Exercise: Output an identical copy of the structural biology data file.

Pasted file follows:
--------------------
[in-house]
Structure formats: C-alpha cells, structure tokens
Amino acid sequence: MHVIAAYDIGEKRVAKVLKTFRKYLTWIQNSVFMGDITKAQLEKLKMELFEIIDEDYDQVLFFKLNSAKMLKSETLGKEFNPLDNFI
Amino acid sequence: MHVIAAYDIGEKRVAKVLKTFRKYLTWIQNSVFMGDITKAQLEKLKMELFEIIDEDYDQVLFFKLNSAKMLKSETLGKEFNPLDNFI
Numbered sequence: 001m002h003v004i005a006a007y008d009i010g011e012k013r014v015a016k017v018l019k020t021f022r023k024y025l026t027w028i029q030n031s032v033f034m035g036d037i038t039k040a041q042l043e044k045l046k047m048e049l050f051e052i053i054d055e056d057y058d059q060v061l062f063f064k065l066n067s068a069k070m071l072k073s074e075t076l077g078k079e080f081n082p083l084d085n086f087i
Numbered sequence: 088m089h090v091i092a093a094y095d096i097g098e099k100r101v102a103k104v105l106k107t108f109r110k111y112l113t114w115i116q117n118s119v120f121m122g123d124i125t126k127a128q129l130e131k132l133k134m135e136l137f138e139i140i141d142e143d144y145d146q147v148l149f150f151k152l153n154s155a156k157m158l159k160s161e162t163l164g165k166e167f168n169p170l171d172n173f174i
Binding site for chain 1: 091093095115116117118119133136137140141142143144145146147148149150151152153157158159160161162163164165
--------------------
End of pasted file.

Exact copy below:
[in-house]
Structure formats: C-alpha cells, structure tokens
Amino acid sequence: MHVIAAYDIGEKRVAKVLKTFRKYLTWIQNSVFMGDITKAQLEKLKMELFEIIDEDYDQVLFFKLNSAKMLKSETLGKEFNPLDNFI
Amino acid sequence: MHVIAAYDIGEKRVAKVLKTFRKYLTWIQNSVFMGDITKAQLEKLKMELFEIIDEDYDQVLFFKLNSAKMLKSETLGKEFNPLDNFI
Numbered sequence: 001m002h003v004i005a006a007y008d009i010g011e012k013r014v015a016k017v018l019k020t021f022r023k024y025l026t027w028i029q030n031s032v033f034m035g036d037i038t039k040a041q042l043e044k045l046k047m048e049l050f051e052i053i054d055e056d057y058d059q060v061l062f063f064k065l066n067s068a069k070m071l072k073s074e075t076l077g078k079e080f081n082p083l084d085n086f087i
Numbered sequence: 088m089h090v091i092a093a094y095d096i097g098e099k100r101v102a103k104v105l106k107t108f109r110k111y112l113t114w115i116q117n118s119v120f121m122g123d124i125t126k127a128q129l130e131k132l133k134m135e136l137f138e139i140i141d142e143d144y145d146q147v148l149f150f151k152l153n154s155a156k157m158l159k160s161e162t163l164g165k166e167f168n169p170l171d172n173f174i
Binding site for chain 1: 091093095115116117118119133136137140141142143144145146147148149150151152153157158159160161162163164165